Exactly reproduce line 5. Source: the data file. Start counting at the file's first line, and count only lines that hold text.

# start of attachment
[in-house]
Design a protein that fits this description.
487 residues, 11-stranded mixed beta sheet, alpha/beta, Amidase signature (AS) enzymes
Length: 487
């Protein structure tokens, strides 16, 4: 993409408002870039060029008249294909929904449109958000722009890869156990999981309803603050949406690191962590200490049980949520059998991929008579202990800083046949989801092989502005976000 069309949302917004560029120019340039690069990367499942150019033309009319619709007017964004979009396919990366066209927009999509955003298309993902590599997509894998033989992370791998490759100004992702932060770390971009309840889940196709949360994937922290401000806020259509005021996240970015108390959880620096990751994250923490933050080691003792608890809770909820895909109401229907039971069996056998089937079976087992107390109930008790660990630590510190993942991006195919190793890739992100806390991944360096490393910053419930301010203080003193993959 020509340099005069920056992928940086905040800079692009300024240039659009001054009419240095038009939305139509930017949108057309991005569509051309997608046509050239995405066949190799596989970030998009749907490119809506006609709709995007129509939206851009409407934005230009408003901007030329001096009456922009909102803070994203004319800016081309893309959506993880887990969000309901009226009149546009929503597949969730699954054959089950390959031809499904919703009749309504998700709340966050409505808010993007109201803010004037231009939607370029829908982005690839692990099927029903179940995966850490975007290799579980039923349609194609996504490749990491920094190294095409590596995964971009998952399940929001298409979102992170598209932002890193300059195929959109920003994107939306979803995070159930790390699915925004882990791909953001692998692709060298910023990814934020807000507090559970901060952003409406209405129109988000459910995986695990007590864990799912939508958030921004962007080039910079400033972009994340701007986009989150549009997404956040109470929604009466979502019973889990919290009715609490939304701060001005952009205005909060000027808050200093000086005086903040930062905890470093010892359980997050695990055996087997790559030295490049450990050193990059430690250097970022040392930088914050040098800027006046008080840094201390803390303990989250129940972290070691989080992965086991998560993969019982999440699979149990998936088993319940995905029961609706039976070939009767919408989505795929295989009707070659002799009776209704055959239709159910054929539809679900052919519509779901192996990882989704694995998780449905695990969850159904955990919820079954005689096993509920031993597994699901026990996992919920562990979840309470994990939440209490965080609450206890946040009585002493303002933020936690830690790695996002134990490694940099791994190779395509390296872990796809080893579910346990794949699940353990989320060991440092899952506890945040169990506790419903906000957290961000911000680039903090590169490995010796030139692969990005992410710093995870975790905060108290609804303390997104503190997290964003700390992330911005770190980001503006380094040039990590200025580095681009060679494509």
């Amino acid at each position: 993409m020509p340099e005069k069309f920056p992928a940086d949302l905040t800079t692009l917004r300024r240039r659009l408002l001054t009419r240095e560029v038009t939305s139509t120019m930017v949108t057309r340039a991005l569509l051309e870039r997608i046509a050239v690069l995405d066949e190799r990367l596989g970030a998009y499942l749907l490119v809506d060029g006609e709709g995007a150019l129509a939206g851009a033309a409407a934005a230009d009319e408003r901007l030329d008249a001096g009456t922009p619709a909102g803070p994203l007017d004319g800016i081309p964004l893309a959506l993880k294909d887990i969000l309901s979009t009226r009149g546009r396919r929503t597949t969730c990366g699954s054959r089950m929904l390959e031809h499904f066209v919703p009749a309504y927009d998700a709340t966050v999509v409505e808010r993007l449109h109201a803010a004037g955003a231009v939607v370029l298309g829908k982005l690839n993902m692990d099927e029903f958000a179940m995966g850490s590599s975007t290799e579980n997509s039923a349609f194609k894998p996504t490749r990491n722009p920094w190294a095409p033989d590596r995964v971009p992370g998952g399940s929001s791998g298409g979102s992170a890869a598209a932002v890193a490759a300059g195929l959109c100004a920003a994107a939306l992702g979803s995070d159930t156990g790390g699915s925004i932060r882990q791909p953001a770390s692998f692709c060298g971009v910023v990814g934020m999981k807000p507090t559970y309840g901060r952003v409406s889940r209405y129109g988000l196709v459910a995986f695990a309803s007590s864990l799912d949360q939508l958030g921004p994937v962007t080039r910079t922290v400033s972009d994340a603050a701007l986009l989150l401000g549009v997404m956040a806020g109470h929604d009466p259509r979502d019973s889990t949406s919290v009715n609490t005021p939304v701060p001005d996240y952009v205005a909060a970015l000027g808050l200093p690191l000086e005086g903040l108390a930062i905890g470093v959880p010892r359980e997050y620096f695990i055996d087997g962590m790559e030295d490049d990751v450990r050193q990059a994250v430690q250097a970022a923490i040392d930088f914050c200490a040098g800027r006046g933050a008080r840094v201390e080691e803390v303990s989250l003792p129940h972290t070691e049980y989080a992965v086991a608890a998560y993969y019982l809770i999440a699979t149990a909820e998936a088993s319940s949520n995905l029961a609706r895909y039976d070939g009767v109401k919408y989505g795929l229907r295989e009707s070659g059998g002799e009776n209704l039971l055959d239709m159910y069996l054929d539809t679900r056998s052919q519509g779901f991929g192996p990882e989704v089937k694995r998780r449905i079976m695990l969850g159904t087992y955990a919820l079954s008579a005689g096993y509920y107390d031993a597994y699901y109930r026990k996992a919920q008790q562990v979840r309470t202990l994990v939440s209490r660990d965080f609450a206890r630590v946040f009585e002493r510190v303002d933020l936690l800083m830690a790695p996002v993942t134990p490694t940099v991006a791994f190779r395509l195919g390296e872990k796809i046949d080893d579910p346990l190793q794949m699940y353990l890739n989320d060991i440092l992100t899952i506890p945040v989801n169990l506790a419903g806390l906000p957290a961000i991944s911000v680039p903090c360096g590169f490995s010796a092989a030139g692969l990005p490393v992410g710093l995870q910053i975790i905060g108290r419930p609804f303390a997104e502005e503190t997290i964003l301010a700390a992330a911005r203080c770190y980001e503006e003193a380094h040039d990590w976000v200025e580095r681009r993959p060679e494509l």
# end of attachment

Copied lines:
């Protein structure tokens, strides 16, 4: 993409408002870039060029008249294909929904449109958000722009890869156990999981309803603050949406690191962590200490049980949520059998991929008579202990800083046949989801092989502005976000 069309949302917004560029120019340039690069990367499942150019033309009319619709007017964004979009396919990366066209927009999509955003298309993902590599997509894998033989992370791998490759100004992702932060770390971009309840889940196709949360994937922290401000806020259509005021996240970015108390959880620096990751994250923490933050080691003792608890809770909820895909109401229907039971069996056998089937079976087992107390109930008790660990630590510190993942991006195919190793890739992100806390991944360096490393910053419930301010203080003193993959 020509340099005069920056992928940086905040800079692009300024240039659009001054009419240095038009939305139509930017949108057309991005569509051309997608046509050239995405066949190799596989970030998009749907490119809506006609709709995007129509939206851009409407934005230009408003901007030329001096009456922009909102803070994203004319800016081309893309959506993880887990969000309901009226009149546009929503597949969730699954054959089950390959031809499904919703009749309504998700709340966050409505808010993007109201803010004037231009939607370029829908982005690839692990099927029903179940995966850490975007290799579980039923349609194609996504490749990491920094190294095409590596995964971009998952399940929001298409979102992170598209932002890193300059195929959109920003994107939306979803995070159930790390699915925004882990791909953001692998692709060298910023990814934020807000507090559970901060952003409406209405129109988000459910995986695990007590864990799912939508958030921004962007080039910079400033972009994340701007986009989150549009997404956040109470929604009466979502019973889990919290009715609490939304701060001005952009205005909060000027808050200093000086005086903040930062905890470093010892359980997050695990055996087997790559030295490049450990050193990059430690250097970022040392930088914050040098800027006046008080840094201390803390303990989250129940972290070691989080992965086991998560993969019982999440699979149990998936088993319940995905029961609706039976070939009767919408989505795929295989009707070659002799009776209704055959239709159910054929539809679900052919519509779901192996990882989704694995998780449905695990969850159904955990919820079954005689096993509920031993597994699901026990996992919920562990979840309470994990939440209490965080609450206890946040009585002493303002933020936690830690790695996002134990490694940099791994190779395509390296872990796809080893579910346990794949699940353990989320060991440092899952506890945040169990506790419903906000957290961000911000680039903090590169490995010796030139692969990005992410710093995870975790905060108290609804303390997104503190997290964003700390992330911005770190980001503006380094040039990590200025580095681009060679494509």